The Holy Quran states:

[13:8] For every nation, there is a guide.

Every nation had a guide, a reformer, or a prophet sent to them. All religions therefore are from God. Over time, there was distortion of their teachings, but their original prophets were all from God. Hence, there are similarities in all of them. And differences are actually in the minute details.

Finally, and most importantly, what is to be noted is that this “impossible game” critique of religion is simply an excuse to avoid making efforts towards discovering God. God says in the Holy Quran:

[29:70] And as for those who strive in Our path — We will surely guide them in Our ways. And verily Allah is with those who do good.

Those who strive in the path of Allah will not be abandoned. They will reach God Almighty. In the Hadith-e-Qudsi, God says:

قَالَ اللَّهُ عَزَّ وَجَلَّ إِذَا تَقَرَّبَ عَبْدِي مِنِّي شِبْرًا تَقَرَّبْتُ مِنْهُ ذِرَاعًا وَإِذَا تَقَرَّبَ مِنِّي ذِرَاعًا تَقَرَّبْتُ مِنْهُ بَاعًا – أَوْ بُوعًا – وَإِذَا أَتَانِي يَمْشِي أَتَيْتُهُ هَرْوَلَةً

“When My servant draws close to Me by the span of a palm, I draw close to him by the cubit (length of a forearm) and when he draws close to Me by the cubit, I draw close to him by the space (covered) by two armspans, and when he comes to me walking, I go to him running”. [https://sunnah.com/muslim/48/26]

As a result, we as Muslims can guarantee to our atheist friends that if they make the effort, and if they try to get nearer to God Almighty, they will find Him as He has promised. We normally ask them to start with Surah Al-Fatiha because it is a very neutral prayer. It only states, “Guide us to the right path”. If atheists offer this prayer in true sincerity, they will eventually find God.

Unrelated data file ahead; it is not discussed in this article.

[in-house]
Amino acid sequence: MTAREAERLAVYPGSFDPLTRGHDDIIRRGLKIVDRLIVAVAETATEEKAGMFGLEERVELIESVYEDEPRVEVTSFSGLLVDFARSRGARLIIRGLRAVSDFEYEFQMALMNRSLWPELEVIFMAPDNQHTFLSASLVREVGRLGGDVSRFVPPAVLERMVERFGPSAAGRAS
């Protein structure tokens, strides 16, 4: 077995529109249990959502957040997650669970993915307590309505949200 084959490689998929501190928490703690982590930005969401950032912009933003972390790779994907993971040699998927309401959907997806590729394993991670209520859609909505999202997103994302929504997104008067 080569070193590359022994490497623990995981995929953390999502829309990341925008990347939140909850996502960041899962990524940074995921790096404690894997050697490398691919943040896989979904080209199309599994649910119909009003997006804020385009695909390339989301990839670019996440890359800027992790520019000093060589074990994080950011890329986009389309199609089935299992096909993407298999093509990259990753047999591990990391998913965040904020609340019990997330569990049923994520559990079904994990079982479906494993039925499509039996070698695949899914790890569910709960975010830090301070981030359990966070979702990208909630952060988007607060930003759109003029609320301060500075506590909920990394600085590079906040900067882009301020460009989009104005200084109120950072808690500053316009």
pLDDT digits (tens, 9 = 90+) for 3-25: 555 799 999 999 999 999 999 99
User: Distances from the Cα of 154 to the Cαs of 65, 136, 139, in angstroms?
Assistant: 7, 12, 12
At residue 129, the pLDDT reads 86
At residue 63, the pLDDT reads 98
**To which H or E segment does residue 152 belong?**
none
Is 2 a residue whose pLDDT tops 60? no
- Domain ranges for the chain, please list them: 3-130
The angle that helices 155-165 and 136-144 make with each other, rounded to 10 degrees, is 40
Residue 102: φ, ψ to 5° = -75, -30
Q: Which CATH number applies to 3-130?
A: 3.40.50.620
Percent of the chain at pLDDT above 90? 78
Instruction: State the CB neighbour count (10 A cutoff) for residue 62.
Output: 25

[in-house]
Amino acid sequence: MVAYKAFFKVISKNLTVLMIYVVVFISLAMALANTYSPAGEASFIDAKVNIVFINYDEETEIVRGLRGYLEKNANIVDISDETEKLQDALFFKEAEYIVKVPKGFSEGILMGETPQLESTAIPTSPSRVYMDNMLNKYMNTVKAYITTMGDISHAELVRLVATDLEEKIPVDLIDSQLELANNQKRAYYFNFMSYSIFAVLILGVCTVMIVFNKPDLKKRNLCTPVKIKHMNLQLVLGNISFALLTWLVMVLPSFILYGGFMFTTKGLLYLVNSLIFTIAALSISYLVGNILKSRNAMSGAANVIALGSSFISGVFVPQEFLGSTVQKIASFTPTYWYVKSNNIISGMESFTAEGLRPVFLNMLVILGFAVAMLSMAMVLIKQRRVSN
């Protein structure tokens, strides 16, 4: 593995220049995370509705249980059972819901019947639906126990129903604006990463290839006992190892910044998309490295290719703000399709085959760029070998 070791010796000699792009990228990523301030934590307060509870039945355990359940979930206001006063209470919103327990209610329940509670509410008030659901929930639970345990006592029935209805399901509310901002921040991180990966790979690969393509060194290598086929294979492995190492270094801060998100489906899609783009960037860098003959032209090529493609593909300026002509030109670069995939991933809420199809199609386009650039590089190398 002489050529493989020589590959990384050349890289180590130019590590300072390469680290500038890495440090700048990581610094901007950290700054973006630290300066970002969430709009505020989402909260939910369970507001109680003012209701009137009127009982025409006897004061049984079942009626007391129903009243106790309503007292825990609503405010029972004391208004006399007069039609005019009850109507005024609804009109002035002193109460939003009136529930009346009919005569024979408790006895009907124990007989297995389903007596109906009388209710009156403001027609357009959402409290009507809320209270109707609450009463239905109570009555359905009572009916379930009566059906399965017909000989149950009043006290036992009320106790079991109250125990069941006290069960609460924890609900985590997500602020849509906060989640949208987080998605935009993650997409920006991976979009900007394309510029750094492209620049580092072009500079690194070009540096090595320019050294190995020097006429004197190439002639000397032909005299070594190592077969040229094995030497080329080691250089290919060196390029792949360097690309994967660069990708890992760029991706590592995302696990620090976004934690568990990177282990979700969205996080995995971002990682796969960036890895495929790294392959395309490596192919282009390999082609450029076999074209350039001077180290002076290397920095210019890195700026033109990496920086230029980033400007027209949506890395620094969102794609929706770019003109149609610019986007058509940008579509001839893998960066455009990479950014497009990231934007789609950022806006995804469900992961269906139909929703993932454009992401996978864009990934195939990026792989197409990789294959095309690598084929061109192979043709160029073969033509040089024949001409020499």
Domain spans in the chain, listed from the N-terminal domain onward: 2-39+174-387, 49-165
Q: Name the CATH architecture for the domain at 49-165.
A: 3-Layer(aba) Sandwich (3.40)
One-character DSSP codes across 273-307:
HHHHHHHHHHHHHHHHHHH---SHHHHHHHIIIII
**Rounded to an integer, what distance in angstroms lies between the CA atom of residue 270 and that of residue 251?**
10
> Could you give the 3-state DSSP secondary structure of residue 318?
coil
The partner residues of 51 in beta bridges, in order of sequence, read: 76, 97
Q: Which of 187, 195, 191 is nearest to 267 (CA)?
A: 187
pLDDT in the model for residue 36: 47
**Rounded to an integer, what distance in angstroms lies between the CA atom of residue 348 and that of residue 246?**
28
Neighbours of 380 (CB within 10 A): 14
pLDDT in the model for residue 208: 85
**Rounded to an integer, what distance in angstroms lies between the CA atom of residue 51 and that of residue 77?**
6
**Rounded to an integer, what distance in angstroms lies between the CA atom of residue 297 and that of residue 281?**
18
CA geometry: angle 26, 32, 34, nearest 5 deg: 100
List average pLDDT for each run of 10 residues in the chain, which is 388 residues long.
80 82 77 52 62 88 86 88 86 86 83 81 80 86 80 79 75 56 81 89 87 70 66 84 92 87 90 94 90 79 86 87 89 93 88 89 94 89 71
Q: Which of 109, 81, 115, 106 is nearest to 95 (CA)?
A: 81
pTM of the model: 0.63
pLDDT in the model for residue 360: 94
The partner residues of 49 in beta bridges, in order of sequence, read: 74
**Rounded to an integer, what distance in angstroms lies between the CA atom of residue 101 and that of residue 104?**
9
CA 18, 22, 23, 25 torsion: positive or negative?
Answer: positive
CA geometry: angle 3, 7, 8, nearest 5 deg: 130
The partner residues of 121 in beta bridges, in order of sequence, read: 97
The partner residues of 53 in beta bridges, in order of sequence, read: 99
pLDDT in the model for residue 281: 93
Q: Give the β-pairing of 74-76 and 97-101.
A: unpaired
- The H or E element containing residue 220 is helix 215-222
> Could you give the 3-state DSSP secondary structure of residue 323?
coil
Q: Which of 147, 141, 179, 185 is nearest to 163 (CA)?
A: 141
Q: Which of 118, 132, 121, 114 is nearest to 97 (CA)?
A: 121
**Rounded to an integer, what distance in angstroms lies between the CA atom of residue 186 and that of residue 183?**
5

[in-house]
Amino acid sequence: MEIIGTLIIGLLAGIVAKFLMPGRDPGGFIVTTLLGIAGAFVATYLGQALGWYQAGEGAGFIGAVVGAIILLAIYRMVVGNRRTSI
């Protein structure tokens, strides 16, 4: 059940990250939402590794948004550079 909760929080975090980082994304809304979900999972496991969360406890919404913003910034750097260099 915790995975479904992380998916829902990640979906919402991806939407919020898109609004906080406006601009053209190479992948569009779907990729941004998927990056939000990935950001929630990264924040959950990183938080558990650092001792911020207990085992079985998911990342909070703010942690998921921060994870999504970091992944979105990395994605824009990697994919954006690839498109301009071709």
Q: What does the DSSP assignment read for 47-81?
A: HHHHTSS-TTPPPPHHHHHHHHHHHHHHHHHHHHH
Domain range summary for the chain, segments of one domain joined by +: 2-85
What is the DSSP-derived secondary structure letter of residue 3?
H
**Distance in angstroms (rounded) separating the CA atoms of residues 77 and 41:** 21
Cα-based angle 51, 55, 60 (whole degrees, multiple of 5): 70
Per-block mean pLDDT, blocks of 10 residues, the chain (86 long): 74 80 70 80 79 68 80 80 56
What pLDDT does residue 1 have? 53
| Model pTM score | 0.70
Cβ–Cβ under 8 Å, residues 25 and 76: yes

For our education, for a university degree, for a good job – for all these worldly things – we make so much effort. We start our education from the age of 5 and continue going to school for 14 years, and another 4 years at university to get a degree, and then hunt for jobs which itself can take years before we land a job that we love. If we can make so much effort for the pursuit of happiness and wealth, why not just a fraction of that effort for seeking God?

The Promised Messiah, Hazrat Mirza Ghulam Ahmad(as) says:

“Our paradise lies in our God. Our highest delight is in our God for we have seen Him and found every beauty in Him.” Click To Tweet

In other words, he is saying that true happiness and comfort is in God. He further says:

“This wealth is worth procuring though one might have to lay down one’s life to procure it. This ruby is worth purchasing though one may have to lose oneself to acquire it. O ye who are deprived! Hasten to this fountain as it will satiate you”.

If we can spend a better part of our lives studying, and even after graduation, if we can spend several hours every single day, in the pursuit of wealth and happiness, why can we not spend a fraction of that time pursuing God?

If the pursuit of God is so impossible, then the pursuit of anything in life is impossible. The same impossible-game-excuse can be given for all pursuits of life, including the pursuit of wealth. But no one has ever stopped pursuing wealth and fame and power just because there are too many options to choose from. Why is this excuse being made when it comes to God?